Planted in a raised bed and pruned to a standard shape the tree seems to be coping with WA soils and summers. It is flowering like crazy and I am pinching the flowers off because it is very young – but clearly very keen to grow and fruit. The leaves are going yellow – so I have tried epsom salts to provide extra magnesium. I’ve also added some trace elements (including iron). It is healthy but it just doesn’t seem happy or as bushy as the orange tree. Additional water is helping.

I re-dug the plant, replaced the local soil and replanted to provide better nutrition. This has helped, but the tree almost looks as if it is being attached by something as som tips are dying and leaves appear to be trying to grow back … but no inspection has revealed any pest. It has only grown 50cm since planting.

Planted: 2010

Height 1.5 metres

Growing: In the Ground

Qty: 1

Sun/Shade: Medium Sun

Water Given in: Spring

Pollination: Self Pollination

Pest Control:

none

Organic Status:Partially Organic

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2 of 4 people found this review useful pat1 says…
pat1 says…
I tried this tree as well and it was stunted so I gave up after 3 years and turned it into mulch!
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Lemonade Tree (Grafted) 8/10

Pauline’s Edible Fruits
Update: 3479 days 18hrs

Comments: –

Any growth from below the graft nipped as soon as it is seen. No fruit allowed to form for the first year.

Fruiting Months July

Planted: 2008

Height 80 Centimetres

Growing: In a Pot

Fruit Harvest: 3 Fruit Per Year

First Fruited: 1 Years from purchase in pot

Sun/Shade: Full Sun

Water Given in: Spring

Pruned By: 20% in Spring

Pollination: No

Fertiliser or Organics Used: Osmocote

When I Fertilise: Spring

Pest Control:

Citrus leaf minor. Leaves removed by hand and minors squished where seen.

Cottony cushion scale. Squashed by hand and tree sprayed with white oil.

Organic Status:Partially Organic

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Lemonade Tree (Grafted) 9/10

Rustynutz’s Edible Fruits
Update: 3265 days 5hrs

Comments: –

good to eat. kids love this one

Fruiting Months January, February, March, April, May, June

Planted: 1988

Height 3 metres

Growing: In the Ground

Qty: 1

Fruit Harvest: 30 kilograms per Year

First Fruited: 1999 Years from purchase in pot

Sun/Shade: Full Sun

Water Given in: Spring

Pruned By: 15% in After Fruiting

Pollination: No

When I Fertilise: Yearly

Pest Control:

needs shield beetle protection

Organic Status:Organic

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Lemonade Tree 6/10

Nelly1’s Edible Fruits
Update: 1785 days 23hrs

Comments: –

didn’t survive oct13fires

I think the wallabies like it more

Planted: 2010

Height 1 metres

Growing: In the Ground

Qty: 1

Sun/Shade: Medium Sun

Water Given in: Winter

Pollination: Self Pollination

When I Fertilise: Spring

Pest Control:

pUT A LOG IN FRONT OF THE HOLE IN THE FENCE TO DETER THE MARAUDING WALLABY

Organic Status:Organic

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Marilyn1’s Edible Fruits
Update: 2817 days 9hrs

Comments: –

Absolutely magic! Beautiful juice for breakfast!

Fruiting Months July and August

Planted: 2008

Height 6 Feet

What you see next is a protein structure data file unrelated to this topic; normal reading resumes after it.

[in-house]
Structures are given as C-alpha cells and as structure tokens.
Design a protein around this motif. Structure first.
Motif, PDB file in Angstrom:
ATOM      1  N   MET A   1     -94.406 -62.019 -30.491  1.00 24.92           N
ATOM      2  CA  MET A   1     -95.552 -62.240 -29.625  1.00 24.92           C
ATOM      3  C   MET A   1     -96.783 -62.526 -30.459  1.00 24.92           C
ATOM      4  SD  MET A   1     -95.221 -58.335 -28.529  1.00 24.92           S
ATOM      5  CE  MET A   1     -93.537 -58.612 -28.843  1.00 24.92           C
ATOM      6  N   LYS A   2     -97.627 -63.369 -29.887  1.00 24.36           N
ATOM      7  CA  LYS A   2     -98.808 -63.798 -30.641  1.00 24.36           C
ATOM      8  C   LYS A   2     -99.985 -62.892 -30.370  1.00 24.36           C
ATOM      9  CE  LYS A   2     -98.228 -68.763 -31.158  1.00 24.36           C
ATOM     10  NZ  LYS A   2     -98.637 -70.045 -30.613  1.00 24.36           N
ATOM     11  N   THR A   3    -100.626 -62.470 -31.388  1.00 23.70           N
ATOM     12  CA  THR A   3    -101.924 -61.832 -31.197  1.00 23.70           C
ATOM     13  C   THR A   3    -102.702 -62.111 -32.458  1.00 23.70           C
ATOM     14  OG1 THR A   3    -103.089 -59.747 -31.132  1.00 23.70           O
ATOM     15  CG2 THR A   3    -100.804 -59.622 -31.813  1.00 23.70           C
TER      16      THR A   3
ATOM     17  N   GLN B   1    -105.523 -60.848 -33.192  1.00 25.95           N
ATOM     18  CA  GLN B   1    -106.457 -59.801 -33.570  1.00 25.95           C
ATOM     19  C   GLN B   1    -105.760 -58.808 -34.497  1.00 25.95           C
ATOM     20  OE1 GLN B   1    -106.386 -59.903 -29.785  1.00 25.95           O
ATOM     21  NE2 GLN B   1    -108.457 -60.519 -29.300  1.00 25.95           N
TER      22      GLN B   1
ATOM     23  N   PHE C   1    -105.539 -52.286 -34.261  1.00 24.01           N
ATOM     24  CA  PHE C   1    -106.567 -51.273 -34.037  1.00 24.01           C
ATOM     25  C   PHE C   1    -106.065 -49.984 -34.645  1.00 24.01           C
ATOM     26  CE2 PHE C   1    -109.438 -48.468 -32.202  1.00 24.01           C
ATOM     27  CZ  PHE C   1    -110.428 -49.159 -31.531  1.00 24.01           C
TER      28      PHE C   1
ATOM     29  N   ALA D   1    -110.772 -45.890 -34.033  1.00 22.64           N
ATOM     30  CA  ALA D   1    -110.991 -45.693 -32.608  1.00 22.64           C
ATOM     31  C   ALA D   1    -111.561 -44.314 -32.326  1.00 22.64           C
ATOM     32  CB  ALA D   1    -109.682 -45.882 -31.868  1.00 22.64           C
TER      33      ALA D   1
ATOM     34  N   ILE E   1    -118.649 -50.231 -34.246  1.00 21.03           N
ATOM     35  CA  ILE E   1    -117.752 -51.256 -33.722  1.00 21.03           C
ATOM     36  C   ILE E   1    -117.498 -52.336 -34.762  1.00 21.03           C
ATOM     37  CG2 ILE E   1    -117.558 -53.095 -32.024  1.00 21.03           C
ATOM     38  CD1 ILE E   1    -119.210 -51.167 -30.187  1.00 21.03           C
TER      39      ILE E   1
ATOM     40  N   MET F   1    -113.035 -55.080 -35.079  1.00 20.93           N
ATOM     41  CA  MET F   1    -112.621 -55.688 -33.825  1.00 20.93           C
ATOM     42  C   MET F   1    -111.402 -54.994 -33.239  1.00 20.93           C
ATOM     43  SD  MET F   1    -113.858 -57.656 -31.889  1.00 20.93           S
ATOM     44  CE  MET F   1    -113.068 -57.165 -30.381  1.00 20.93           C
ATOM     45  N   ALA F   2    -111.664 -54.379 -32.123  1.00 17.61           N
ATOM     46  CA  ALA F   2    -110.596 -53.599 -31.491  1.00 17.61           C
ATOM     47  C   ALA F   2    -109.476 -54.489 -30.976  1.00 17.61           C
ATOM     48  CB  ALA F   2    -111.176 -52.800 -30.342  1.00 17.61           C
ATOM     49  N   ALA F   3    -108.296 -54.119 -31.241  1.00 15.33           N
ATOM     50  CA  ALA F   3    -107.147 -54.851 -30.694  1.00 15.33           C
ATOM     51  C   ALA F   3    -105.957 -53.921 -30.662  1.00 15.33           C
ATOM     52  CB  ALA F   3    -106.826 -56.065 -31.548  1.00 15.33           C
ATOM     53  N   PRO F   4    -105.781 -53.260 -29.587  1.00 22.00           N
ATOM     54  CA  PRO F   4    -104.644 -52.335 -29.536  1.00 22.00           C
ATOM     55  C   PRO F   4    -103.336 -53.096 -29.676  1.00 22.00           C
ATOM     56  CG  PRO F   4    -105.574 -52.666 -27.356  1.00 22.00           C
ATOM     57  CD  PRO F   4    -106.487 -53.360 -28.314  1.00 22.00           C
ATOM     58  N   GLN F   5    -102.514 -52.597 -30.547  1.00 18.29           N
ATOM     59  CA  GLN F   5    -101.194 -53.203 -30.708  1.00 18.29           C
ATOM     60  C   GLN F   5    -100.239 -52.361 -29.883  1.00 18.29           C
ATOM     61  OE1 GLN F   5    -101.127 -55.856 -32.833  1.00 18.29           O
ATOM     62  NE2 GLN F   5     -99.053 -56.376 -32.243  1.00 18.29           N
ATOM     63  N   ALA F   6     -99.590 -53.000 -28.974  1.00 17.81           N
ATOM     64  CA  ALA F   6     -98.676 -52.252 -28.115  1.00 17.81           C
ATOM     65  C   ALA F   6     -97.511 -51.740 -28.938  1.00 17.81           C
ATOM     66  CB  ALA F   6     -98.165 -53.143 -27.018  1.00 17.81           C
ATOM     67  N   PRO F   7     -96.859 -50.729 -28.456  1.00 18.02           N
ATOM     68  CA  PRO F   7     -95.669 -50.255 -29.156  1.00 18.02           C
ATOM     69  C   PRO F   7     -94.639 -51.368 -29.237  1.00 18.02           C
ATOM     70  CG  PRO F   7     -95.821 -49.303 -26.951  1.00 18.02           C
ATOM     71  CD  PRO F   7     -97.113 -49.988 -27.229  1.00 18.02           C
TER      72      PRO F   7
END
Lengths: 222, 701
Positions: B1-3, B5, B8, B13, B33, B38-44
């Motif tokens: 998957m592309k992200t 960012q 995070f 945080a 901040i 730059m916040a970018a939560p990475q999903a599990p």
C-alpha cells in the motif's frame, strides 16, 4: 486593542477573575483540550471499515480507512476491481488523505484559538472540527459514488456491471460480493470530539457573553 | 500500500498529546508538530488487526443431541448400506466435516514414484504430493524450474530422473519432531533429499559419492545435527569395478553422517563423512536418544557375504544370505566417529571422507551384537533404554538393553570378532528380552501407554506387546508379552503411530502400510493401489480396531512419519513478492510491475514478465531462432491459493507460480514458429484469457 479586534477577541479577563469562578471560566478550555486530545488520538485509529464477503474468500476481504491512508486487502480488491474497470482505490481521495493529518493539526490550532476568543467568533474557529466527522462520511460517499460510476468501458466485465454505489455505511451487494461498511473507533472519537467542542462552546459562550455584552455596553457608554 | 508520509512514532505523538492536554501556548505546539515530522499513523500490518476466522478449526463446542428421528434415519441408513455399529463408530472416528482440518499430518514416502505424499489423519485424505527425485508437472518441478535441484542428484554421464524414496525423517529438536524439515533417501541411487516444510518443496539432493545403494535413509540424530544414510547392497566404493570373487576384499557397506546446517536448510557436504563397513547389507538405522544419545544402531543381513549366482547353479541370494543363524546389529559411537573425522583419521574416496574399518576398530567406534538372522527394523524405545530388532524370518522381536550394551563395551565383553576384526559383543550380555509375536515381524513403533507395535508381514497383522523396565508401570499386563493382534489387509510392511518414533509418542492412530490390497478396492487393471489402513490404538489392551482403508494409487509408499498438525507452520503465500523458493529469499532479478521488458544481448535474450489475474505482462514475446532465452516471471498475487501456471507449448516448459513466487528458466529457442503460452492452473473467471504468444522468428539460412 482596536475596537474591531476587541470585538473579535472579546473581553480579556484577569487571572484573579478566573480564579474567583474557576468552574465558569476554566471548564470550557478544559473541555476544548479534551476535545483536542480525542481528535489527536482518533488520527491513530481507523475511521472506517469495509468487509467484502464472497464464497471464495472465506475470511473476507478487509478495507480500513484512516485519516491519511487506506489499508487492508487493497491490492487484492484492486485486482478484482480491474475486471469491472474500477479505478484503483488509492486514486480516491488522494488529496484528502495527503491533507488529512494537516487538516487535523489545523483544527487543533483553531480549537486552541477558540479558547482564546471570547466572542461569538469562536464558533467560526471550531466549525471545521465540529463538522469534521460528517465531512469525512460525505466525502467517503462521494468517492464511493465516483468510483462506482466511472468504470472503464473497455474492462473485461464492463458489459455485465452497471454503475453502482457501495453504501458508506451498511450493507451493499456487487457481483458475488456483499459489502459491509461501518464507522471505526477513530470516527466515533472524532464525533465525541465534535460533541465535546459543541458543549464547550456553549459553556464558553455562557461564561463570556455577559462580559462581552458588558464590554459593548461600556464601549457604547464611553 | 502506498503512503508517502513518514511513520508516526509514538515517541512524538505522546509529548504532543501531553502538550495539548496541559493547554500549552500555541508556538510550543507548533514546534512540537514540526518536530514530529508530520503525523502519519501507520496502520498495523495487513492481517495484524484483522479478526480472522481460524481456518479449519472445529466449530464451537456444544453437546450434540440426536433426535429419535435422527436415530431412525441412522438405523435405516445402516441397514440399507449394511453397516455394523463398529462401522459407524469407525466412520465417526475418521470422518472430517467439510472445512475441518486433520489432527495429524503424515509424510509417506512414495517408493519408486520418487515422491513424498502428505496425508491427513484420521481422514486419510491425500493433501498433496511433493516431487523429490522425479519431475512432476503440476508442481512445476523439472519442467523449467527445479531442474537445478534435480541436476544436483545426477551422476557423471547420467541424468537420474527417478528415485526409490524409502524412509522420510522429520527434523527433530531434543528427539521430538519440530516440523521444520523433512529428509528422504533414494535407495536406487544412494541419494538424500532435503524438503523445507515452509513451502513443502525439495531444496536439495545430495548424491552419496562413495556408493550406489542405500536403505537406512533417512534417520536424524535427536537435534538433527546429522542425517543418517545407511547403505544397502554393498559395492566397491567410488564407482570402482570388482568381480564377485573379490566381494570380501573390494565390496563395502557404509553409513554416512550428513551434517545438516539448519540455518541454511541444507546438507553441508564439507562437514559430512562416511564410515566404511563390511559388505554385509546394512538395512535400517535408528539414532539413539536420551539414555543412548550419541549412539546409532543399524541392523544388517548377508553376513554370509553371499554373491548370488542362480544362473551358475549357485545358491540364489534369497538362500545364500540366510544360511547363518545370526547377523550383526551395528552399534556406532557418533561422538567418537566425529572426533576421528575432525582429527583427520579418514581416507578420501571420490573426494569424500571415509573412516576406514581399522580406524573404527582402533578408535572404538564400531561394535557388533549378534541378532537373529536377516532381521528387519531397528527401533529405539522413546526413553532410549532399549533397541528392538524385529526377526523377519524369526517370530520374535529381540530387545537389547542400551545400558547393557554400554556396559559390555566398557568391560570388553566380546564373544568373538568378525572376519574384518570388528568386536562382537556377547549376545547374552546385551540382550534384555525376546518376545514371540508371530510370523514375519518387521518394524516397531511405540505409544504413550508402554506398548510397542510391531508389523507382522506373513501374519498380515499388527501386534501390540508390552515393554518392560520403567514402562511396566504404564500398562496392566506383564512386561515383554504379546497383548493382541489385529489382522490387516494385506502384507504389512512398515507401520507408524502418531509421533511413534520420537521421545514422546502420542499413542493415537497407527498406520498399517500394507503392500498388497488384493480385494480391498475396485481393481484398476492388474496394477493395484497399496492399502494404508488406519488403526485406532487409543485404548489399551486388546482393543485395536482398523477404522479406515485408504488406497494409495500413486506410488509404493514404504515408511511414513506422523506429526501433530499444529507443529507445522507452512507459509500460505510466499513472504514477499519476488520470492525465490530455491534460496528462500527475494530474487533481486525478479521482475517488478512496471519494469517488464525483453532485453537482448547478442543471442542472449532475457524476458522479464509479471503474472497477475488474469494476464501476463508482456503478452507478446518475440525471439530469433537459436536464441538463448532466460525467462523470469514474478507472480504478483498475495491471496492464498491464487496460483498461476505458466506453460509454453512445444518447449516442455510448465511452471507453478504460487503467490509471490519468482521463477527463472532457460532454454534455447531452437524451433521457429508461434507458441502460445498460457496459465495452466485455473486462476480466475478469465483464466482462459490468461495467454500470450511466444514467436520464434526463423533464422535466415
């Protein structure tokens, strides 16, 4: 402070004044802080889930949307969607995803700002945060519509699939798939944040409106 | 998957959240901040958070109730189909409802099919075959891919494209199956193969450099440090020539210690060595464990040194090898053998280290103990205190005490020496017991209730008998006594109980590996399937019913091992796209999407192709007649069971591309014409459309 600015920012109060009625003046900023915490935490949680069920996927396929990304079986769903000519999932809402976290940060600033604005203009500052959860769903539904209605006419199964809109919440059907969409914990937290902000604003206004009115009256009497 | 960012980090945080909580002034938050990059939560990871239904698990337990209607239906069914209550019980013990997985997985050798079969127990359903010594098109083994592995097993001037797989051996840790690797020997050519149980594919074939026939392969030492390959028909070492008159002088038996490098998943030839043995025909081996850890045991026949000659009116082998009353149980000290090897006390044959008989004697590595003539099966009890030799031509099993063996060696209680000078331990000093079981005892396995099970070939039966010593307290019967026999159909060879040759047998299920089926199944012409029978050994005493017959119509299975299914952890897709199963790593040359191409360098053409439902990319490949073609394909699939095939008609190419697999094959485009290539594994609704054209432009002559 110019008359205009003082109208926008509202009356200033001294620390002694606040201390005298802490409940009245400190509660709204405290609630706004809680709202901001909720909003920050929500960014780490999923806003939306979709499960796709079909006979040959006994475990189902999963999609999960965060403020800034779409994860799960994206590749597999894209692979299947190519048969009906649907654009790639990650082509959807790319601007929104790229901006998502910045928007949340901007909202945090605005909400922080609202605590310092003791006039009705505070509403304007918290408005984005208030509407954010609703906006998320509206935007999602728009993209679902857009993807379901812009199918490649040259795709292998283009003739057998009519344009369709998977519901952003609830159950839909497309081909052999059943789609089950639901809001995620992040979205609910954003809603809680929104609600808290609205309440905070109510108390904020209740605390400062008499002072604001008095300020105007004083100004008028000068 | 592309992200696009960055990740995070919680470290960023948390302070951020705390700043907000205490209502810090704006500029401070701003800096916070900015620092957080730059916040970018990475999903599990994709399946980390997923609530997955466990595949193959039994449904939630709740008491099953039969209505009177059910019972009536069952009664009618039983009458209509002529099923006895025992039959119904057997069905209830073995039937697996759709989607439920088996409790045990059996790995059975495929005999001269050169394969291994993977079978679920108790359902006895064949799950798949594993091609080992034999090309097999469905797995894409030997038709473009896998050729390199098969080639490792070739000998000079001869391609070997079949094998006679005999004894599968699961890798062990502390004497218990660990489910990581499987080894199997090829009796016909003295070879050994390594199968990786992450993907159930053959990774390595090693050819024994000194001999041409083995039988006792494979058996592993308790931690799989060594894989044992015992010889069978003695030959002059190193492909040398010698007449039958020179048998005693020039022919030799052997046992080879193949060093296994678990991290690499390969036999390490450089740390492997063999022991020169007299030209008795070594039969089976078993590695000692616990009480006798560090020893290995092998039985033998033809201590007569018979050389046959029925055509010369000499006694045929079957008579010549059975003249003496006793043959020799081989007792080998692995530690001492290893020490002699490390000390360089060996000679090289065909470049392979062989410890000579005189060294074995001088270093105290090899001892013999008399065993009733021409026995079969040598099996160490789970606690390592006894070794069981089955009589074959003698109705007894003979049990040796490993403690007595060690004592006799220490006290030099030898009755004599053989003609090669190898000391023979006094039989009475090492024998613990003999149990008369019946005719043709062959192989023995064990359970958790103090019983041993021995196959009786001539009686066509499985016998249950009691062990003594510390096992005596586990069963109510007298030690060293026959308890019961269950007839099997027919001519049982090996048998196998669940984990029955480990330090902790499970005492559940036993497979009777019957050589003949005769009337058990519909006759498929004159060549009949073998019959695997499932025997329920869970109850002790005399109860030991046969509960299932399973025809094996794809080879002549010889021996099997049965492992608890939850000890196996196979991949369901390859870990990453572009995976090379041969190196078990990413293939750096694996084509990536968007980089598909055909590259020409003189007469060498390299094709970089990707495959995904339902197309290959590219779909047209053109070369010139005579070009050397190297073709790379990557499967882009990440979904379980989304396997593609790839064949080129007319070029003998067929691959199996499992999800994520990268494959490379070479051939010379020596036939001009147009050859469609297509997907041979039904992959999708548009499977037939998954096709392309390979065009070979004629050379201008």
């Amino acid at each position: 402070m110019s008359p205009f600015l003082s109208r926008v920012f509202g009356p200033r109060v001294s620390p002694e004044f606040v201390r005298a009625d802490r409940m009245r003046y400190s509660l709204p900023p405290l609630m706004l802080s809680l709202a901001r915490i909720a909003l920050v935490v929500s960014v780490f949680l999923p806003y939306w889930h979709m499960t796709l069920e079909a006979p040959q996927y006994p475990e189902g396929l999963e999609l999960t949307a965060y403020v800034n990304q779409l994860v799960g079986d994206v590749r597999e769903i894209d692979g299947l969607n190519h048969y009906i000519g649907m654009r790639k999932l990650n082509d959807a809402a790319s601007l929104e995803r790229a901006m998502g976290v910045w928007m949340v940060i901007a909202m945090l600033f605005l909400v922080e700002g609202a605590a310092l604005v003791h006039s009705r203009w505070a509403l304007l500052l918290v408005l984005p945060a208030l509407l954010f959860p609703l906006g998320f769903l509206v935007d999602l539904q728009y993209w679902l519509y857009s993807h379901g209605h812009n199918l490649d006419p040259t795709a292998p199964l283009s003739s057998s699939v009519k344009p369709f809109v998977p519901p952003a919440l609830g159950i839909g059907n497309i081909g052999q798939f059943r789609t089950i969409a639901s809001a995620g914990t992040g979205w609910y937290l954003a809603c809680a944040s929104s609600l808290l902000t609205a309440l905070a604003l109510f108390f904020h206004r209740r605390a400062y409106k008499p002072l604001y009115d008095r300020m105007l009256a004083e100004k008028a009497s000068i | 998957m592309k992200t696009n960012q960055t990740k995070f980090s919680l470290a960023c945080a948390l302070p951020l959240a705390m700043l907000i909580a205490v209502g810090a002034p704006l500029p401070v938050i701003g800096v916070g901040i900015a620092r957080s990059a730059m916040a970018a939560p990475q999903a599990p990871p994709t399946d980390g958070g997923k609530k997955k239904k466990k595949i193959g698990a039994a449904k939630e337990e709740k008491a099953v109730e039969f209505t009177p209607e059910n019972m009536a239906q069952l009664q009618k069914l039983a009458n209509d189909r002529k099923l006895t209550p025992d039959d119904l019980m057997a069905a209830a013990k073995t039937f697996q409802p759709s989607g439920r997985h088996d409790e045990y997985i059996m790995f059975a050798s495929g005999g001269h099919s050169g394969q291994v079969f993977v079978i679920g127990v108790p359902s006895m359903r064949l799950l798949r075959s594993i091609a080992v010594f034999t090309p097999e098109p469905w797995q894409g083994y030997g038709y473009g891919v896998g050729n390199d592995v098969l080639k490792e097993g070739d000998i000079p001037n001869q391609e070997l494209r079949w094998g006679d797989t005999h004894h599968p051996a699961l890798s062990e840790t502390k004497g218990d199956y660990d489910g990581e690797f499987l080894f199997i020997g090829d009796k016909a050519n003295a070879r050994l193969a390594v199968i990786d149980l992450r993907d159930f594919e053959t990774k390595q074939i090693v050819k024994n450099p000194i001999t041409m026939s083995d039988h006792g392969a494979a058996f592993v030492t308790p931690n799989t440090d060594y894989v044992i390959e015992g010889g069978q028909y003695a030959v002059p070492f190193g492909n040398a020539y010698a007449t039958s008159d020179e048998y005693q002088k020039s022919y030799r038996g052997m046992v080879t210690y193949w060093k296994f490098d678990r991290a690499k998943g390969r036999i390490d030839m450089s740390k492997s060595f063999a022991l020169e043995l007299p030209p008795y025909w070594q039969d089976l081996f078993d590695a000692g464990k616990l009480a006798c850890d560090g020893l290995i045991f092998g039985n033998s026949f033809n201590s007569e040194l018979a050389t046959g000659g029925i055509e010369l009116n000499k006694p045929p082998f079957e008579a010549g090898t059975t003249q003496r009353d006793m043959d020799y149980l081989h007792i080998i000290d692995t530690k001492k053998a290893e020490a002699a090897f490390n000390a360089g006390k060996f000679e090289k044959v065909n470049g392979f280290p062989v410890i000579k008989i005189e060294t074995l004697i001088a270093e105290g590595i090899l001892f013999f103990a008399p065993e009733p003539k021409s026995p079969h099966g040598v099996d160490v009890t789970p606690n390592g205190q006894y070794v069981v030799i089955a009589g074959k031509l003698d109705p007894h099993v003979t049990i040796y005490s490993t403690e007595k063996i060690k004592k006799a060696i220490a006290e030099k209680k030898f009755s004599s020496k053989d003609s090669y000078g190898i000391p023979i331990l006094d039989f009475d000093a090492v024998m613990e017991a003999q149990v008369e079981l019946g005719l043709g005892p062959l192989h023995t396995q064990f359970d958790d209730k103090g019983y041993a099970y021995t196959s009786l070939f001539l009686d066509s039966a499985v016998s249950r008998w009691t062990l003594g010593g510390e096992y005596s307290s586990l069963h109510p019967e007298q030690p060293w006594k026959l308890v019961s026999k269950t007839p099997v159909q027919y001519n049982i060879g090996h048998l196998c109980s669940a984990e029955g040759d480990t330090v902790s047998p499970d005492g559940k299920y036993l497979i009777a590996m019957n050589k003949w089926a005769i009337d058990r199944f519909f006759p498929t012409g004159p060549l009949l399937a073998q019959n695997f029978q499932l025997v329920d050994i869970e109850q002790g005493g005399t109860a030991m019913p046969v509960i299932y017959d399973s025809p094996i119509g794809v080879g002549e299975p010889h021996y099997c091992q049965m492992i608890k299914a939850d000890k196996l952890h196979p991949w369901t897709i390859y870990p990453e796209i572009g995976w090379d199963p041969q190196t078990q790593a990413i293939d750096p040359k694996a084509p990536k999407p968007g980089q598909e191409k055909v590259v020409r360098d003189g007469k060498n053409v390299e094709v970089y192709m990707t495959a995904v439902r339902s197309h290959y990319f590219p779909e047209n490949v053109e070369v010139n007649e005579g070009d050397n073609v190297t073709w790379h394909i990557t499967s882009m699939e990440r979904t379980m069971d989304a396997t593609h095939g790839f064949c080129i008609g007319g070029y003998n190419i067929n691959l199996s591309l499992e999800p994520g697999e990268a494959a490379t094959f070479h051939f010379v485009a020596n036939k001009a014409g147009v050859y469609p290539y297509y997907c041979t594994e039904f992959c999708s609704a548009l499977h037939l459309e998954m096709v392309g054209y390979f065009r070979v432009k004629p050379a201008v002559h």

Growing: In the Ground

Qty: 1

Fruit Harvest: 10 kilograms per Year

First Fruited: 1 Years from purchase in pot

Sun/Shade: Full Sun

Pollination: Self Pollination

When I Fertilise: Spring

Pest Control:

No probs with pests!

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Fruitful’s Edible Fruits
Update: 2581 days 1hrs

Comments: –

I love lemonade fruit!

Got this one from Clunes nursery – was very healthy and even though it is is quite young, I have been nipping its buds so it can get stronger before it fruits.

Im thinking now to just let it do what it wants and see what happens 🙂

Planted: 2012

Height 1 metres

Growing: In the Ground

Qty: 1

Sun/Shade: Full Sun

Water Given in: Spring

Fertiliser or Organics Used: Dynamic Lifter

When I Fertilise: Spring

Pest Control: Neem Spray

Organic Status:Organic

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Russ3’s Edible Fruits
Update: 2208 days 15hrs

Comments: – had these for a year now, Been lucky enough to get some fruit this season but not much in the way of vegetative growth.

Height 1.5 metres

Growing: In a Pot

Qty: 2

First Fruited: 6 Months from Purchase in Pot

Sun/Shade: Full Sun

Water Given in: Spring

Pollination: Self Pollination

Fertiliser or Organics Used: composted cow/chicken manure, seaweed, liquid fertiliser

Pest Control: home made herbicidal soap

Organic Status:Organic

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Fred1’s Edible Fruits
Update: 3632 days 16hrs

Comments: – This tree was here when we bought this property. We have had the property 5 years come July 2010. Lots of fruit

Fruiting Months February and March

Planted: 2003

Height 2.5 metres

Growing: In the Ground

Qty: 1

Sun/Shade: Medium Sun

Water Given in: Spring

Pruned By: 50% in After Fruiting

Pollination: No

When I Fertilise: When Fruiting, Winter, Spring

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VF1’s Edible Fruits
Update: 2680 days 18hrs

Comments: –

A sweet lemon sounded delicious, and on tasting, they really are! Very refreshing. Tough little tree – I accidently knocked half its’ roots off when planting; it got a bit sick but has made a full recovery. (It didn’t even drop the 3 young fruit it was carrying at the time, and they grew beautifully.) Having second crop maturing now, 31 good size fruit.